The biggest issue early on will be to find steady playmakers on offense, but the situation isn't as dire as many might make it out to be with a nice blend of promising backups to go along with seniors who should be good enough to produce with more responsibility on their shoulders. The best quarterback on the team, Caleb TerBush, is a redshirt freshman, but he might need a little time (more on this in a moment). Ralph Bolden was the team's best running back in spring ball, and he's just a sophomore, and the team's top recruit this year was running back Al-Terek McBurse.

The defense is even more loaded with young prospects and has the potential to be fantastic if it can stop the run for the first time in several years. 6-4, 310-pound defensive tackle Kawann Short has NFL potential written all over him, while six of the nine top linebacker prospects, including two projected starters, are underclassmen. The secondary might be the team's strength, with all four starters going into the senior years, but the backups are all fast, they're all promising, and they're all coming back next year.

The question becomes if Hope can take the program over the hump and become a real, live player in Big Ten play again. Purdue might take a step back this year to take a giant leap forward, but the coaching staff isn't going to go to a total youth movement right away. Can Hope and the coaches find the right mix and the right blend to try to win now while getting everyone adequately prepared for a potentially big 2010? It'll be worth watching.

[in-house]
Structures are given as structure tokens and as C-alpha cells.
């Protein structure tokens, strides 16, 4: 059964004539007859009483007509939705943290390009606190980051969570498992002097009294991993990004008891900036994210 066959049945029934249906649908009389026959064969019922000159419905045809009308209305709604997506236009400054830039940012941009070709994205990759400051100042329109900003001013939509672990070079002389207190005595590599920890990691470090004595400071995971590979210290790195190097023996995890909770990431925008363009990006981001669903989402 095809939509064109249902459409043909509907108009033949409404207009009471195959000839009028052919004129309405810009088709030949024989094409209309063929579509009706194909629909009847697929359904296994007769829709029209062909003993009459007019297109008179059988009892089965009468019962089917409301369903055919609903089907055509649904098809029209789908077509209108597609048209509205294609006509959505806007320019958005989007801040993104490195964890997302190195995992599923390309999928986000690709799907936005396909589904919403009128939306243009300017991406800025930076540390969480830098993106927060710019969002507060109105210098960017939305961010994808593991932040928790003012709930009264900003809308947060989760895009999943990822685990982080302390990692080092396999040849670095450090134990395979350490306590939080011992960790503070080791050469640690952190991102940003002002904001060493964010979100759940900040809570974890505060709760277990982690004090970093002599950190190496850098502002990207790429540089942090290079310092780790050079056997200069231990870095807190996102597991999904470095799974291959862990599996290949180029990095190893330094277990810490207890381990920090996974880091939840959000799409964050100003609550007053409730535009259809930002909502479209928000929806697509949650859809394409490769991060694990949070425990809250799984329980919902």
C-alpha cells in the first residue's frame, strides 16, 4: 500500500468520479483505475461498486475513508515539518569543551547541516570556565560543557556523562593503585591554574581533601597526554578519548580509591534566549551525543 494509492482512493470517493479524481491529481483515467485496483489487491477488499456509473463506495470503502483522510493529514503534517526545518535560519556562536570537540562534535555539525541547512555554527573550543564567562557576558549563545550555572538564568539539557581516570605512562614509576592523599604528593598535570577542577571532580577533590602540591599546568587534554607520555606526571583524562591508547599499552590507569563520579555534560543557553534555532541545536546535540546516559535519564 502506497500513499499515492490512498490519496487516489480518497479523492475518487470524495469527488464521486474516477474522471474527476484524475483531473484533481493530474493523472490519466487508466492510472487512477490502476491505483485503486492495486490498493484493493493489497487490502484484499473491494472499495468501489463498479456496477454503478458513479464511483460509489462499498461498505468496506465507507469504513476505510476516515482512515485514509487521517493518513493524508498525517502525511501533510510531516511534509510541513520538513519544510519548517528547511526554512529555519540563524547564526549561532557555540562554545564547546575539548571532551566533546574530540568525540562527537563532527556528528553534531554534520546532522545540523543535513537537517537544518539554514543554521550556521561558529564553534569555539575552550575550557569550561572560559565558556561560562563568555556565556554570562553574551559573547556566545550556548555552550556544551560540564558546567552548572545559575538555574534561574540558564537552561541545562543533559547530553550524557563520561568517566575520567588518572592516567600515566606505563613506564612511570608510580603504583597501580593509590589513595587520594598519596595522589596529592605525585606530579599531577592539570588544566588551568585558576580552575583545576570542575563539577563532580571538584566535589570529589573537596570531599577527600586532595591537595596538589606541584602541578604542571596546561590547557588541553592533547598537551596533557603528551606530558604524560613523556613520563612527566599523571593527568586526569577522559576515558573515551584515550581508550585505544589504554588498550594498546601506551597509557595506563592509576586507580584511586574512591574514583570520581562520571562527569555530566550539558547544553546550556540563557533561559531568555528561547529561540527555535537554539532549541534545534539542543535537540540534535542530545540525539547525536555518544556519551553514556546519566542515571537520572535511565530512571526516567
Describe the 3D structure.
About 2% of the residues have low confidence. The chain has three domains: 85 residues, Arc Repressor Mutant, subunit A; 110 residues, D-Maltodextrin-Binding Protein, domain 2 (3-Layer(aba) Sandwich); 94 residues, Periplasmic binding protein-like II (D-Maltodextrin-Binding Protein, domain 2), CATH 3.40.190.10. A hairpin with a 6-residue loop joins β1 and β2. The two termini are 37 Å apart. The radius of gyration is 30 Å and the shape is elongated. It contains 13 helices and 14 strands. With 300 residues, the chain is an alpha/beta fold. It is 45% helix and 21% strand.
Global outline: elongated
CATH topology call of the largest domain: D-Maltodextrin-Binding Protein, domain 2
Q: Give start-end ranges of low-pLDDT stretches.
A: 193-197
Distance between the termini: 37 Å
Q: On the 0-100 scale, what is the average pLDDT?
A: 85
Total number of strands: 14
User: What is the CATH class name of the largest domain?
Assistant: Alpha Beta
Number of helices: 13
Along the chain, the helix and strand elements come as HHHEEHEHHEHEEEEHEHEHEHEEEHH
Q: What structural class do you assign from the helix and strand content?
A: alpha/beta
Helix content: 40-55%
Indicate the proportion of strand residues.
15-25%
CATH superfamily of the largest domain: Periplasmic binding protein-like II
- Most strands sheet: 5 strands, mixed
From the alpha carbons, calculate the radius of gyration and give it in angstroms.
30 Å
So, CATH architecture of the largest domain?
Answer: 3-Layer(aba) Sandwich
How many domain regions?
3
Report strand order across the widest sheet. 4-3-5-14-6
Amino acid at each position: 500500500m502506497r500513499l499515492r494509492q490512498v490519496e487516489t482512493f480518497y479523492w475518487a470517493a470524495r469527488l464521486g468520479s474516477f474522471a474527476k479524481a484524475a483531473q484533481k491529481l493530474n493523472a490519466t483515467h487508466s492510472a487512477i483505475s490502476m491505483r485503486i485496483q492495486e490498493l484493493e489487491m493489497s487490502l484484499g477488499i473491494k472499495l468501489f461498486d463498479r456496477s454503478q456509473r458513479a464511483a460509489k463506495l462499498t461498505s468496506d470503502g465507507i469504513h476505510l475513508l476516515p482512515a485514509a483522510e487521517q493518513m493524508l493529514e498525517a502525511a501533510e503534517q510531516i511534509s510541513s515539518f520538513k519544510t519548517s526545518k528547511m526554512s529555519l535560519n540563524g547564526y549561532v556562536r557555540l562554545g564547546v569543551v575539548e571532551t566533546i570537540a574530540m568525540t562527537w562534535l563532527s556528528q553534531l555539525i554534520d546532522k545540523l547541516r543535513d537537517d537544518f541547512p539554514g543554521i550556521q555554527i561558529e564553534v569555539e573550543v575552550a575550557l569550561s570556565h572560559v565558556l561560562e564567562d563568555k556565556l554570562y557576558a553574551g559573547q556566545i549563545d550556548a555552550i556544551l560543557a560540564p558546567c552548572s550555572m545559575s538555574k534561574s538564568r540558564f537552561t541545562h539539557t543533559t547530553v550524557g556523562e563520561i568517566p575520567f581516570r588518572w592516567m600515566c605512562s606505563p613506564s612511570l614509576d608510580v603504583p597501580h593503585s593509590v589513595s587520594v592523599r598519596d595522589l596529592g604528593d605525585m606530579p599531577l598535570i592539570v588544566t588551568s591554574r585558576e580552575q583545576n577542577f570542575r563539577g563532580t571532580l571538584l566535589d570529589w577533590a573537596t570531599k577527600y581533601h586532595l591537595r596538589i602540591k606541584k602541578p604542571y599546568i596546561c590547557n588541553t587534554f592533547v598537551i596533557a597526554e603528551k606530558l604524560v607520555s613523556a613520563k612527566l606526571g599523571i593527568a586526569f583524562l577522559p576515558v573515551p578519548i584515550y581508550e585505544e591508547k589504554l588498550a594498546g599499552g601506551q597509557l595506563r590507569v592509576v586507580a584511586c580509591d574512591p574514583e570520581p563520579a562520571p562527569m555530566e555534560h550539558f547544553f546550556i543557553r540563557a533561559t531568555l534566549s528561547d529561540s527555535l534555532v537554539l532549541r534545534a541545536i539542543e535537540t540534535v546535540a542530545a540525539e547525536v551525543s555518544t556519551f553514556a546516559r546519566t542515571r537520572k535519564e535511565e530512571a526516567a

What to watch for on offense: The quarterback situation. Here's the biggest early debate of the Hope era. With Justin Siller booted off the team due to academic problems, Joey Elliott will be the main man early on. However, he's a limited talent and is gone next year. How quickly will Hope plug in Caleb TerBush, a big-armed redshirt freshman who'll be the triggerman when the program becomes bowl-good again? Playing TerBush might not be a concession for a rebuilding team; he's been almost as good as Elliott this offseason.

What to watch for on defense: How good can the line be? Shoved around against the run for the last several years, the line needs to be much better and far more productive against the better Big Ten O lines. End Ryan Kerrigan is one of the league's top pass rushers and can hold his own against the run, but the key to the season could be the play of tackles Mike Neal and Kawann Short. Neal is the veteran who appears to be on the verge of stepping up his game into all-star status, while Short could be special if he can take all his tools and grow into a consistent brick wall against the better ground attacks. If the line can get into the backfield more often, everyone in the back seven will be far better.

The team will be far better if … it can score on a consistent basis. Purdue has always been considered a team with a high-octane offense, it's almost always among the league leaders in passing, but the attack goes in the tank against any defense with a pulse. Consistency is the biggest issue, hanging 48 points on Michigan and 62 on Indiana, but only scoring 22 total points against Penn State, Ohio State, Minnesota and Michigan State combined. Purdue went 4-0 when it scored 32 points or more, and was 0-8 when it scored 26 or fewer.